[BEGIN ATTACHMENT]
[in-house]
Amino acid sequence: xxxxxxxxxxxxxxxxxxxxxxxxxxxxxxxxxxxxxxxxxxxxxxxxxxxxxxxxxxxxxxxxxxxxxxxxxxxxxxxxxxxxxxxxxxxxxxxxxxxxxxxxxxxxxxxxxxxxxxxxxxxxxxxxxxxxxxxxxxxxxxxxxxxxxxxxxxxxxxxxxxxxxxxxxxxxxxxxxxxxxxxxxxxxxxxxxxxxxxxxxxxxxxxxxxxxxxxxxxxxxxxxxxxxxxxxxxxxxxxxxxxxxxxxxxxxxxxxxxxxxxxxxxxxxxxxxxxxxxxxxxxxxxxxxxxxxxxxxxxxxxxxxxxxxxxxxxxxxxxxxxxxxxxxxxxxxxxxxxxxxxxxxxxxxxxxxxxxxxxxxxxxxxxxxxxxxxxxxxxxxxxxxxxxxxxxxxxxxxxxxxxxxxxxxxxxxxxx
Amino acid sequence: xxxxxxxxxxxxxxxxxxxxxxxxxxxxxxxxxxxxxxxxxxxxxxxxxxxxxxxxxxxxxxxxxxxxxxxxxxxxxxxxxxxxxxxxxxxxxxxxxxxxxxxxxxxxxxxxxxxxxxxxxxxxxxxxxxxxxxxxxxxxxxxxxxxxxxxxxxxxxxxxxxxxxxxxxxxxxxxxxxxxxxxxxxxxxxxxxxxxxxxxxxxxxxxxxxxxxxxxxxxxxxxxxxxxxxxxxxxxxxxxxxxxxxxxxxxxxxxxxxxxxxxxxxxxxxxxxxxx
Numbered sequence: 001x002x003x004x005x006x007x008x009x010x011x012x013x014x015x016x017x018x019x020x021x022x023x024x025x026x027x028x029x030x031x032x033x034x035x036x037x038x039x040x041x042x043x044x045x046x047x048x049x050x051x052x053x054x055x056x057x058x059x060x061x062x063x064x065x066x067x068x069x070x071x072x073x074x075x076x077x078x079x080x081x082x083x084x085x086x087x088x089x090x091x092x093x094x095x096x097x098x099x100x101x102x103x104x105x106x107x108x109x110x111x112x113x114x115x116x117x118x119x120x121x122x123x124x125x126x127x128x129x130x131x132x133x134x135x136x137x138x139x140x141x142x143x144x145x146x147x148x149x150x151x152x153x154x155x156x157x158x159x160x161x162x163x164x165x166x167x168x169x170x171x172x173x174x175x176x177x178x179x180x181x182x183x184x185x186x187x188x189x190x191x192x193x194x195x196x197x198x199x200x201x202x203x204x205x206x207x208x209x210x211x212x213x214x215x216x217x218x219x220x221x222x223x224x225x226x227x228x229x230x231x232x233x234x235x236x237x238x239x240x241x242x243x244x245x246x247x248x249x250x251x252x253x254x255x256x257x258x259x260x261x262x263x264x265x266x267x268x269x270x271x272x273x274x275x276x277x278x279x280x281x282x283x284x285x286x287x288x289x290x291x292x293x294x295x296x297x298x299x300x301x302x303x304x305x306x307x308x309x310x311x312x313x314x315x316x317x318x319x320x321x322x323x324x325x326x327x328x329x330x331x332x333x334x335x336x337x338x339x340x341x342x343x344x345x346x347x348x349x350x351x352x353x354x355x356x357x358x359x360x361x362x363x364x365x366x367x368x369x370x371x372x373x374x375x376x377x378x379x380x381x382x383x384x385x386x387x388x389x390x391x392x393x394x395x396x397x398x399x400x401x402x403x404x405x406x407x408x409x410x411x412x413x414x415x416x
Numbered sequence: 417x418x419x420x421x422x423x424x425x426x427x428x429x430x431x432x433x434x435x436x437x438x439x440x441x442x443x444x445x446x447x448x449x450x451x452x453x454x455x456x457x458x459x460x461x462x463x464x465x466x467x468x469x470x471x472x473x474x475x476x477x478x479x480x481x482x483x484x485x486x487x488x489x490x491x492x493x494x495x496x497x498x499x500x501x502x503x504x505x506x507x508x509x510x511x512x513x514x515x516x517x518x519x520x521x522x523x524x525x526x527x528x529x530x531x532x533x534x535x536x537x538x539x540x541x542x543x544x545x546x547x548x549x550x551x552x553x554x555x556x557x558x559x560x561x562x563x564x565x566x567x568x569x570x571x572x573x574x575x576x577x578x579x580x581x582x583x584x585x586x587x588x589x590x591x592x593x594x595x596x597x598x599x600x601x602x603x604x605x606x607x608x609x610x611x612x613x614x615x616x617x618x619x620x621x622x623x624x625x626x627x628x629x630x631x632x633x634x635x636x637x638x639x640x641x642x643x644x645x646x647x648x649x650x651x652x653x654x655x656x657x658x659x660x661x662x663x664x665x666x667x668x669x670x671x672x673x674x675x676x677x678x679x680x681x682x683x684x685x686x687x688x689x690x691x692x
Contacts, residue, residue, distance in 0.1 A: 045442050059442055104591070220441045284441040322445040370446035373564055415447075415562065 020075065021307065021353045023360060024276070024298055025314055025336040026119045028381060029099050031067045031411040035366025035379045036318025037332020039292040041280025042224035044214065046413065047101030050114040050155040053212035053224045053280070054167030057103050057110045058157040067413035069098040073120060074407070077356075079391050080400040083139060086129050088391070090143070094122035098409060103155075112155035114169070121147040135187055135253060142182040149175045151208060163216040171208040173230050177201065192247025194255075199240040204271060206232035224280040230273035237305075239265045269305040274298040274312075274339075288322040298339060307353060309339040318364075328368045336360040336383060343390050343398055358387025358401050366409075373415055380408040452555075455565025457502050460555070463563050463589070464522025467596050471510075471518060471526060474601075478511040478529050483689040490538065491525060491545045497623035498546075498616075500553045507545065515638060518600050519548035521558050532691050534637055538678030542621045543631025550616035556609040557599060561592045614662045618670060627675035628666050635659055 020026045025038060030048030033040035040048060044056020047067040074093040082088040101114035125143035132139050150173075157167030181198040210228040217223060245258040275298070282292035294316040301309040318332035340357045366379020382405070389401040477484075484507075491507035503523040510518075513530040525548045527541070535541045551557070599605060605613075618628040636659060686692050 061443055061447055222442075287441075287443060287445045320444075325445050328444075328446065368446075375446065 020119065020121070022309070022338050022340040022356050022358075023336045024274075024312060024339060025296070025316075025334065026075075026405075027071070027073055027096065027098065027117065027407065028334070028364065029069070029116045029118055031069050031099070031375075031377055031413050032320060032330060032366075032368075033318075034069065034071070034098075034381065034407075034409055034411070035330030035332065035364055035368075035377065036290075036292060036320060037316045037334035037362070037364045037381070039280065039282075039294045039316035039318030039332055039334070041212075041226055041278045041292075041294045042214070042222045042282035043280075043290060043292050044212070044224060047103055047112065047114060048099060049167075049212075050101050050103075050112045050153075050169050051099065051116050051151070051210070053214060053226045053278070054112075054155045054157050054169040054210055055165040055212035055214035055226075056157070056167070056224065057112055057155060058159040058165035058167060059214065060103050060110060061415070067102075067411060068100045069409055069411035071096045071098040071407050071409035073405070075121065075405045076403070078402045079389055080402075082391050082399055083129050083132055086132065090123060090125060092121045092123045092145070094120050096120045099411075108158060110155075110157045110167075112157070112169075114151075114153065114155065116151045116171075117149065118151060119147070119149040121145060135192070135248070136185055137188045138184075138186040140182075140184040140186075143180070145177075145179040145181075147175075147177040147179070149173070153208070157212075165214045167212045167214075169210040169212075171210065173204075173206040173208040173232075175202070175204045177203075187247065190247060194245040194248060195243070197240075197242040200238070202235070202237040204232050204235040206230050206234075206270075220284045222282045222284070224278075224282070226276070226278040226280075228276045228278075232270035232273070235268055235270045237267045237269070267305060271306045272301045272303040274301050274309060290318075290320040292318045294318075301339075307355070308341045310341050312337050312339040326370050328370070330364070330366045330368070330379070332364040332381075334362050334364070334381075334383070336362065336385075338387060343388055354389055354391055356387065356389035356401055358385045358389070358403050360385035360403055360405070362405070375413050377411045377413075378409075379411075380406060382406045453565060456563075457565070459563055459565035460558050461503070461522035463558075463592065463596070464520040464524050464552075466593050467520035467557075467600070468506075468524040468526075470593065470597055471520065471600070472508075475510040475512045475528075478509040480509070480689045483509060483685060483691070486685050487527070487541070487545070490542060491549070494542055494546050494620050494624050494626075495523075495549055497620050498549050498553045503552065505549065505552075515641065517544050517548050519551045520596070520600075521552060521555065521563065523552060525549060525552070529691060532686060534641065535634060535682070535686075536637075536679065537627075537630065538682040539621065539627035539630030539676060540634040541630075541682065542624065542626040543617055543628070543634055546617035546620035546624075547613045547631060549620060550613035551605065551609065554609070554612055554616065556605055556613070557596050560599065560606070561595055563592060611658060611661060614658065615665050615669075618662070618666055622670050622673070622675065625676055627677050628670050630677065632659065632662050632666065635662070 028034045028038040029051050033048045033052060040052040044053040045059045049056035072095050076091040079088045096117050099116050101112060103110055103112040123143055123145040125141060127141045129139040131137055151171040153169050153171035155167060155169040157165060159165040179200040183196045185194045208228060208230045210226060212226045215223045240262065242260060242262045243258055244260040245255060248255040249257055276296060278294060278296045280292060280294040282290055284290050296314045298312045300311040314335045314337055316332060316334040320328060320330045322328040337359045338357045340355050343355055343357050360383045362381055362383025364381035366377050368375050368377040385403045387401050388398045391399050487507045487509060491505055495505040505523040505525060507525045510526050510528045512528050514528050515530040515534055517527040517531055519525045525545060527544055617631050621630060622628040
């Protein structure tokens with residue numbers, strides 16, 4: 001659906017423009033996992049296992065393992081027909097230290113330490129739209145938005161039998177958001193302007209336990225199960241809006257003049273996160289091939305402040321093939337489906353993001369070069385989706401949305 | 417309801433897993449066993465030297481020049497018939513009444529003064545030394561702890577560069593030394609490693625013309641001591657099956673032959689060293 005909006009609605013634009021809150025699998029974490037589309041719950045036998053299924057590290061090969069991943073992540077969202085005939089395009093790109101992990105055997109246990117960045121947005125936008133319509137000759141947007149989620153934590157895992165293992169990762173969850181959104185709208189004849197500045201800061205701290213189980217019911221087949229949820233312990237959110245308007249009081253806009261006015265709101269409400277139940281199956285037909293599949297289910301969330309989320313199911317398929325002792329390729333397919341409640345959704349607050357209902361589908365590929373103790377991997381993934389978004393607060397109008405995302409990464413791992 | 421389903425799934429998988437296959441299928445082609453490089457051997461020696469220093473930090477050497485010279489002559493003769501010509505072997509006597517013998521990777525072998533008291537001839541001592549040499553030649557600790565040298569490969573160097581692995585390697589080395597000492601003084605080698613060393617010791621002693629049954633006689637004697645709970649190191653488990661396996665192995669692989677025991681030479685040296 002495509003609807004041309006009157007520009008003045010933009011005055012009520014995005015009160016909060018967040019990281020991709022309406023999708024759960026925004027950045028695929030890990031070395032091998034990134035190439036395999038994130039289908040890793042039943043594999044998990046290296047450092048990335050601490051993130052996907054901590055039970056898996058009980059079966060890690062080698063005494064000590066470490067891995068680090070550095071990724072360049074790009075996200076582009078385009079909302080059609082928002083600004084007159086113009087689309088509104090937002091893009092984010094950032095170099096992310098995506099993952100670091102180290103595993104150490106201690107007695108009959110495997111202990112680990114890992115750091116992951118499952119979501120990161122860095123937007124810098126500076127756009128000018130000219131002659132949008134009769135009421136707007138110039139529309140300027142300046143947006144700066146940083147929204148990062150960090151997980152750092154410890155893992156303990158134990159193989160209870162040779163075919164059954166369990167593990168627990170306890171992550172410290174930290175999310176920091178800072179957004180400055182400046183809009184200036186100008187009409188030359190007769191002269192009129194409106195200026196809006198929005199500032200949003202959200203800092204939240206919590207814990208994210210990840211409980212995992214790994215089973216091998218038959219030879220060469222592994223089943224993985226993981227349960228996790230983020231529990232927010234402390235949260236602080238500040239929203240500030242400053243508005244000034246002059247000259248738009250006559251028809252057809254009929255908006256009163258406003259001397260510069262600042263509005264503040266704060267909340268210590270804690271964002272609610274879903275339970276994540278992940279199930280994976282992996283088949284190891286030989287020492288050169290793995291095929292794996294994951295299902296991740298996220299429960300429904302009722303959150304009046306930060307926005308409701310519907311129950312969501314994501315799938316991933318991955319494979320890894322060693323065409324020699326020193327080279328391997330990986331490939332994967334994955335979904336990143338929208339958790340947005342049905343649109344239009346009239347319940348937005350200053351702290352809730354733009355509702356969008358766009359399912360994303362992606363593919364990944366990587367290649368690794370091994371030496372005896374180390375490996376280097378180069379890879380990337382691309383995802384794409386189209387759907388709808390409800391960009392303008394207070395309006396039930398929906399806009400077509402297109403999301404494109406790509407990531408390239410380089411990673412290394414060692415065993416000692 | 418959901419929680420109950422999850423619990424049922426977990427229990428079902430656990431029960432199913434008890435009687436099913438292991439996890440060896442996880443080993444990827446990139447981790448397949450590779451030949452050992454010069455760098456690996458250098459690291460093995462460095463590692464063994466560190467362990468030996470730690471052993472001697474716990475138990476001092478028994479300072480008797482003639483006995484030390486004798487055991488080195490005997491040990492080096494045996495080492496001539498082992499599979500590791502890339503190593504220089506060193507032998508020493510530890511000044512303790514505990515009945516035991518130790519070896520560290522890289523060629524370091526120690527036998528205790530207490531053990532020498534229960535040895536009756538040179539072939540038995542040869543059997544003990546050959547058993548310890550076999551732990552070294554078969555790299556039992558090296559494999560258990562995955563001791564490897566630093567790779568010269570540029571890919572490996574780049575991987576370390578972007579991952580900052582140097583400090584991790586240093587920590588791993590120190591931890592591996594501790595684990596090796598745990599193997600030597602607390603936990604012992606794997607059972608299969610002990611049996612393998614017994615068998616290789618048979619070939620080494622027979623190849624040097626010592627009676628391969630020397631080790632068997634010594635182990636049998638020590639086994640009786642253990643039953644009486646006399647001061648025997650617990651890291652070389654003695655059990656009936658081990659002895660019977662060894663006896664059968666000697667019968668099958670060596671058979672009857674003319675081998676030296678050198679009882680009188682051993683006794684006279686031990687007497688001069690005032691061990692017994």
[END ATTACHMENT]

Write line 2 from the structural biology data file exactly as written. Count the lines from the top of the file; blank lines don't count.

Amino acid sequence: xxxxxxxxxxxxxxxxxxxxxxxxxxxxxxxxxxxxxxxxxxxxxxxxxxxxxxxxxxxxxxxxxxxxxxxxxxxxxxxxxxxxxxxxxxxxxxxxxxxxxxxxxxxxxxxxxxxxxxxxxxxxxxxxxxxxxxxxxxxxxxxxxxxxxxxxxxxxxxxxxxxxxxxxxxxxxxxxxxxxxxxxxxxxxxxxxxxxxxxxxxxxxxxxxxxxxxxxxxxxxxxxxxxxxxxxxxxxxxxxxxxxxxxxxxxxxxxxxxxxxxxxxxxxxxxxxxxxxxxxxxxxxxxxxxxxxxxxxxxxxxxxxxxxxxxxxxxxxxxxxxxxxxxxxxxxxxxxxxxxxxxxxxxxxxxxxxxxxxxxxxxxxxxxxxxxxxxxxxxxxxxxxxxxxxxxxxxxxxxxxxxxxxxxxxxxxxxx